HOW DID WE GET HERE?
The roundtable conversation began with two backgrounder videos on Brexit, the United Kingdom's decision to leave the European Union after more than four decades (for the first twenty as a member of European Community and then in 1993 when the EU was officially formed).
The referendum passed in the summer of 2016, surprising many, including then Prime Minister John Cameron who campaigned against it. To quote from the video embedded below:
Britain is better off inside the EU than out on our own. At the heart of that is the single market: 500 million customers on our doorstep, a source of so many jobs, so much trade and such a wealth of opportunity for our young people.
Yet by calling for the referendum, Cameron literally opened the door for Britain's exit (Brexit). The "Leavers" won handily with a majority of nearly 1.3 million votes, setting in motion events that will directly impact a half billion people in Europe, and indirectly nearly everyone else around the world.
The European Union was born of pragmatism: a strategic move in the wake of World War II calculated to reduce the threat of yet another war. It began with six member countries: Belgium, France, Germany, Italy, Luxembourg and the Netherlands. Today, with Britain, there are 28 countries in EU. While Britain's departure could lead to stronger ties among those remaining, it could just as easily prove to be the EU's undoing, inspring other countries to leave.
Why did this happen?
No one knows the depth of the rift between the United Kingdom and the European Union, making it difficult to predict what leaving will look like even a year later. Matthew Bishop, Senior and Business Editor of the Economist Group, notes that the Labor Party's resurgence in the election recently called by Prime Minister Theresa May indicates the the volatility of British public opinion. Instead of strengthening May's support, the active engagement of younger anti-Brexit voters has weakened it. Without a conservative majority in Parliament, some argue Brexit itself could be in jeopardy.
Euroscepticism—the belief that economic and political integration with the EU weakens sovereignty—has fueled by anger and fear that migrants are increasingly competing with native born Britons for jobs. EU leaders, particularly in Germany, have to decide how to respond to Brexit as it will set the precedent for other countries who may feel emboldened to leave. For example, Euroscepticism is popular in Italy where politicians are deciding which position will win the most votes in an upcoming election. Even in Germany, this is an issue.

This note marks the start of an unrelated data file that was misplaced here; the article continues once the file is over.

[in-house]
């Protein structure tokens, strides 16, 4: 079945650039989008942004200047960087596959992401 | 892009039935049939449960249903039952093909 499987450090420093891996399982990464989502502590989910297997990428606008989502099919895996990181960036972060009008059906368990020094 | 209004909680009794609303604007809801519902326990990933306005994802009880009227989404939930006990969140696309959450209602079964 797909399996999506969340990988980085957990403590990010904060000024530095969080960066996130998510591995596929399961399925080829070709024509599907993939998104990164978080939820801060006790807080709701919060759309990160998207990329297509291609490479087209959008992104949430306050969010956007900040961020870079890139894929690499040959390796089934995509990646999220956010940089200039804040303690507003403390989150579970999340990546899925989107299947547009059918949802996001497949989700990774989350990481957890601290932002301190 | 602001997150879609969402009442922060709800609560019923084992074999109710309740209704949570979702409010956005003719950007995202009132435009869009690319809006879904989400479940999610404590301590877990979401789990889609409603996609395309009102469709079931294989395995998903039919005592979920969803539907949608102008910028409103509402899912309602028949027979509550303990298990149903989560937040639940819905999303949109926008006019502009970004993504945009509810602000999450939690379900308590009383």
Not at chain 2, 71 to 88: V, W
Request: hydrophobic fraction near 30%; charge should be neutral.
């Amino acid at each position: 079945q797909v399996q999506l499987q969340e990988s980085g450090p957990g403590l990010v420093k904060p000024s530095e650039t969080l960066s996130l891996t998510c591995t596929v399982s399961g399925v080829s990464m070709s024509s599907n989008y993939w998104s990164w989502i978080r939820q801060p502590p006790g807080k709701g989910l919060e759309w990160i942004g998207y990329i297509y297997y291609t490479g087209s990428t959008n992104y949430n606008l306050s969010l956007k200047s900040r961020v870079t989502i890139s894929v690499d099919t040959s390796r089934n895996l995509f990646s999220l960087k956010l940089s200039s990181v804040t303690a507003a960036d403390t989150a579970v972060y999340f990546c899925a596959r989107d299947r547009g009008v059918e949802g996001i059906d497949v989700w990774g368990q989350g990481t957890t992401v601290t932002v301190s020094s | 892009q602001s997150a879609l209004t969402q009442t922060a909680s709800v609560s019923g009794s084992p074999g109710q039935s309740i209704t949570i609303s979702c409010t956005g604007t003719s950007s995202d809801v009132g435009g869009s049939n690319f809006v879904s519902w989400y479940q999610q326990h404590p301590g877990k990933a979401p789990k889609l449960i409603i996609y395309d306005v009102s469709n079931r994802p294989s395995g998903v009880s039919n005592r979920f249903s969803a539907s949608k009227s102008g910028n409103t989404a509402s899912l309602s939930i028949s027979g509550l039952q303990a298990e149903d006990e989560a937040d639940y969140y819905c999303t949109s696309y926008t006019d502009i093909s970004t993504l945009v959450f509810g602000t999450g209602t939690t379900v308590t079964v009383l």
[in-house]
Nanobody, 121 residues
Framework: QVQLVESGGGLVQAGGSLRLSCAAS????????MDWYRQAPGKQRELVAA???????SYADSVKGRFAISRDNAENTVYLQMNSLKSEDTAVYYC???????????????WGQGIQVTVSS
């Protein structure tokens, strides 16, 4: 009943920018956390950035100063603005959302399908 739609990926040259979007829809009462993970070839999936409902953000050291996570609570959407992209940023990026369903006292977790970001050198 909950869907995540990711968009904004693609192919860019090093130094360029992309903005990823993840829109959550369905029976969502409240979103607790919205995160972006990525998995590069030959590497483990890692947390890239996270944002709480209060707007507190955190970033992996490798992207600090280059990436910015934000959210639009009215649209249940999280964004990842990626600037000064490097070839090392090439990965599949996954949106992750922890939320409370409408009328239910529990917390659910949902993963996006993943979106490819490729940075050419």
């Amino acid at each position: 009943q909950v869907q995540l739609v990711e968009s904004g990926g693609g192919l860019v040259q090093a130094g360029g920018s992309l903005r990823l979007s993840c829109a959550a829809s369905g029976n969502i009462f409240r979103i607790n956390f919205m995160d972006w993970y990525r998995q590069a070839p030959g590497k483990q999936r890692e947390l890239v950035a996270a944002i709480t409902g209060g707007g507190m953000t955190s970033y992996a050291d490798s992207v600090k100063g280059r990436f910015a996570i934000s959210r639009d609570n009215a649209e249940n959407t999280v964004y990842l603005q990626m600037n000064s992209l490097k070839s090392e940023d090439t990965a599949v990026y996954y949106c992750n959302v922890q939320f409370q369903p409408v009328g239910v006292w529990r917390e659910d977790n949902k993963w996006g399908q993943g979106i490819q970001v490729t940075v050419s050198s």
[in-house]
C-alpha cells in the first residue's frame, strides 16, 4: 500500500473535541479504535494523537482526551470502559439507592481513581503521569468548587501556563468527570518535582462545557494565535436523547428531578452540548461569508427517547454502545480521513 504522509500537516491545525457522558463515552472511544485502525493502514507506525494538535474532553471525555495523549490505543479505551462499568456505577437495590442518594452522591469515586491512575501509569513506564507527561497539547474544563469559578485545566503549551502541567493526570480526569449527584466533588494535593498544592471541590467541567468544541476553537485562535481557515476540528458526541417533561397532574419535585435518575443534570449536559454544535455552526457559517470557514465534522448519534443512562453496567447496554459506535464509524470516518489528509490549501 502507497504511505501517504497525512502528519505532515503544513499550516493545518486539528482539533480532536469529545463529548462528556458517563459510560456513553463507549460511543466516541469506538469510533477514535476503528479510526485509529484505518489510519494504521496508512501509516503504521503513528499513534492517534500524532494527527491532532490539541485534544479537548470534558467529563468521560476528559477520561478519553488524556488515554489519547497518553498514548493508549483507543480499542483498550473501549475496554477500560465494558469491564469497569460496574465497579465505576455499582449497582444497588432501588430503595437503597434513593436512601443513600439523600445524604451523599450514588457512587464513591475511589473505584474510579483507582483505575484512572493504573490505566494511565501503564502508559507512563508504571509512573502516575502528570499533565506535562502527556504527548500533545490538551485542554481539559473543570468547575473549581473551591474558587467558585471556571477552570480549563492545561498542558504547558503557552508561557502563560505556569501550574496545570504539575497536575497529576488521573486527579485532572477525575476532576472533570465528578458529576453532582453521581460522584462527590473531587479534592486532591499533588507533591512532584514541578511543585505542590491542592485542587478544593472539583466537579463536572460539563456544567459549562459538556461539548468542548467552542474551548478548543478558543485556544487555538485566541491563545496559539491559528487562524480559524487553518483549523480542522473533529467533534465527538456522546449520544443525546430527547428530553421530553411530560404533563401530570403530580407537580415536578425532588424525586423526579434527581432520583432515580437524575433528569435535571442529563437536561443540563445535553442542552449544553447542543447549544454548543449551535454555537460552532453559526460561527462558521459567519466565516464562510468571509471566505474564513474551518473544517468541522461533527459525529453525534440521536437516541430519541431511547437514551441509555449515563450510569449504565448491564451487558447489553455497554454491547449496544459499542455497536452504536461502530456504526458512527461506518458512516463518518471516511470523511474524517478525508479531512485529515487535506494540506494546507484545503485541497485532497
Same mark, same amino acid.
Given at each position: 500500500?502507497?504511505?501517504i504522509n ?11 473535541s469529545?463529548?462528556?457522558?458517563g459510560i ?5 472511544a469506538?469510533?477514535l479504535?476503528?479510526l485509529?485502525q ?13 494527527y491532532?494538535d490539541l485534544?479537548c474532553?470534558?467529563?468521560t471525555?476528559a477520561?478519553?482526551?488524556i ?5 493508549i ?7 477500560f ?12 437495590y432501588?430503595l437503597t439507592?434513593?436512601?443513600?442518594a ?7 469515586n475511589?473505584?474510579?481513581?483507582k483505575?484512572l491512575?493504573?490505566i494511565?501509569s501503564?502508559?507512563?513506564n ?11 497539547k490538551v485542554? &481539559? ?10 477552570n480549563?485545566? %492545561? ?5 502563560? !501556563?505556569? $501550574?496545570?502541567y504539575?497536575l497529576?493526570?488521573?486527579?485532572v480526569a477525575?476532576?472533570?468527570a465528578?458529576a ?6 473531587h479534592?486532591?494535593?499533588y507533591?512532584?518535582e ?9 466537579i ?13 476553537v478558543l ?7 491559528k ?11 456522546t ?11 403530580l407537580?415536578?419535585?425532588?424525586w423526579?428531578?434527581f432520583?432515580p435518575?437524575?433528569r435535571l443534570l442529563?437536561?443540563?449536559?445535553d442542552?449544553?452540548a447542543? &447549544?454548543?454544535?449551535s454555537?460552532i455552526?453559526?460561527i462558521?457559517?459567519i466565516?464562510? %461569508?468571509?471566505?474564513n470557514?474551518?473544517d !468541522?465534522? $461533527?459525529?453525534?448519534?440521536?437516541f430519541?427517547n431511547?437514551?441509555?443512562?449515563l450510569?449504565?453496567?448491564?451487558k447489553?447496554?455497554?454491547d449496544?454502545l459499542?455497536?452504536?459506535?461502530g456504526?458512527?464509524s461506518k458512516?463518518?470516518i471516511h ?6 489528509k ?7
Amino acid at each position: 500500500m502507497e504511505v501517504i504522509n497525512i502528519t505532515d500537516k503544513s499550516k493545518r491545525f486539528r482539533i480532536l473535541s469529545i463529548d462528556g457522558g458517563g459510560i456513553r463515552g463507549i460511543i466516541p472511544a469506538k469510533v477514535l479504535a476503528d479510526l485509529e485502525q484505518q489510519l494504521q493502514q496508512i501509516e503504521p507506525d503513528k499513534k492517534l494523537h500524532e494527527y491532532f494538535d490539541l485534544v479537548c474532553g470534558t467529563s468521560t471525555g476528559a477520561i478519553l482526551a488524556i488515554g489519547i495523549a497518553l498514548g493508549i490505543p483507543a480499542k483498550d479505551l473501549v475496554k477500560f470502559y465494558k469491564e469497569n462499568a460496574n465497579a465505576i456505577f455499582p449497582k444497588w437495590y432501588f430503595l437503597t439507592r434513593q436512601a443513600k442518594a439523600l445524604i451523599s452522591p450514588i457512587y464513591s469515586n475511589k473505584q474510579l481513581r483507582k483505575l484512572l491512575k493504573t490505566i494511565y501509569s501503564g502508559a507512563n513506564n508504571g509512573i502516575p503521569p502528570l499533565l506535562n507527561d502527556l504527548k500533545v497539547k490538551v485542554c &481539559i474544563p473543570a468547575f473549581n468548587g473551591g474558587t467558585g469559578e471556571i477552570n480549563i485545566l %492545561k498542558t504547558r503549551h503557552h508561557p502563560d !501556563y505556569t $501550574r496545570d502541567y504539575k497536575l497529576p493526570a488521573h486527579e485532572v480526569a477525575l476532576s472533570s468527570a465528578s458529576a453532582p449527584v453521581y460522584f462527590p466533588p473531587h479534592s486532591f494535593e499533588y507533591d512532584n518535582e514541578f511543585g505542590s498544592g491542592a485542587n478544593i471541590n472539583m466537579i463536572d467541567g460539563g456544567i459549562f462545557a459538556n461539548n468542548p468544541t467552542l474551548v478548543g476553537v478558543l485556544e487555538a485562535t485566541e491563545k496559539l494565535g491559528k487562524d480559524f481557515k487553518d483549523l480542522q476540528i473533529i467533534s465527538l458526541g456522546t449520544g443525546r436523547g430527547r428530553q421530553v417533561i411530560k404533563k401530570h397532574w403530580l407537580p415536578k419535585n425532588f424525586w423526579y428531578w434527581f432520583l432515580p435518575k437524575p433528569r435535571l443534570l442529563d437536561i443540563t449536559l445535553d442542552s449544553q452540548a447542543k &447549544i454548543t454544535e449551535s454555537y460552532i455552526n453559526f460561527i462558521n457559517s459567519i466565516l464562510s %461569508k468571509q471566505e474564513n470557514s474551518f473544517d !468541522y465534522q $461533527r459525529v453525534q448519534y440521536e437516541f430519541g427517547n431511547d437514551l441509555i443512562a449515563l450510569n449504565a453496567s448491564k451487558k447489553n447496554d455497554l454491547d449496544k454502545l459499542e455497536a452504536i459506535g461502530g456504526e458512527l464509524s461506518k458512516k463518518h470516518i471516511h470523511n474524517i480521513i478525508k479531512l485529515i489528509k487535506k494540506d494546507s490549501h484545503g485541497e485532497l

At its heart Euroscepticism is a philosophical resistance to taking direction from Berlin or Brussels. It is strongest in countries such as Poland or Hungary where patriotism has been conflated with anti-immigrant rhetoric. Economic issues can become sociopolitical when the blame for local hardships is pinned on "others."
Grzegorz "Greg" Kolodko, who served as Poland’s Deputy Prime Minister and Finance Minister in the 1990s, argues that while the European public favors the benefits of the EU, the media and conservative political leaders have unfairly framed integration as a loss of sovereignty to Germany. This has made room for emotional responses to politically charged issues such as the refugee crisis and immigration and is particularly prevalent in cities with less diversity where xenophobia runs high.
In response to moderator and Chicago Council of Global Affairs Senior Fellow Phil Levy's question about whether other countries are likely to follow Britain's lead out the door, Kolodko notes that at least for some states, that would require a constitutional change — no easy feat.
For supporters of the EU, integration into the Union is vital. If this historical experiment in regionalization succeeds in preventing war and strife—which is largely has—then it provides a model that can be duplicated in other regions experiencing political turbulence.
The UK joined the European Community (pre-cursor to the EU) in the 1970s as an economic Hail Mary, says Bishop, but now feels that the pound is strong enough to survive on its own. Still, the recent election suggests a demographic divide, with younger voters seeing both economic and cultural value in remaining part of the EU.
By contrast, although the French public has been praised for not electing far right candidate Marine Le Pen—by a margin of 65 percent to 35 percent—the more important conclusion may be that she managed to double the proportion of the vote her father, as leader of the same party, managed to get two decades ago. In short, her strength grows, which is not out of line with similar nationalist surges in other European countries. The euro may be stable, but it feels more fragile. The repercussions of these tensions will be felt across borders for decades to come.
The 2020s will be turbulent politically. No matter what the outcomes, the EU has much to deal with in the coming decade, from the fiscal crisis in Greece to the many issues related to climate change.
And what should we do?
There is an urgent need for the media and the intellectual community to push for a more informative public debate, one that engages meaningfully on the long term implications of national referendums and that works to dispel myths around political rhetoric.
Bishop and Kolodko are optimistic about entrepreneurship and business opportunities in Europe. Companies exporting to the continent can easily relocate from London to other thriving, attractive cities in Europe. They point out that the euro is stable and predictable, inflation is under control and regulations are business-friendly.
by Carson Brown, Medill School of Journalism
Senior Editor & Business Editor
The Economist Group
former Deputy Prime Minister
& Finance Minister
Republic of Poland
Senior Fellow, Global Economy
Chicago Council on Global Affairs
Adjunct Professor of Strategy at Northwestern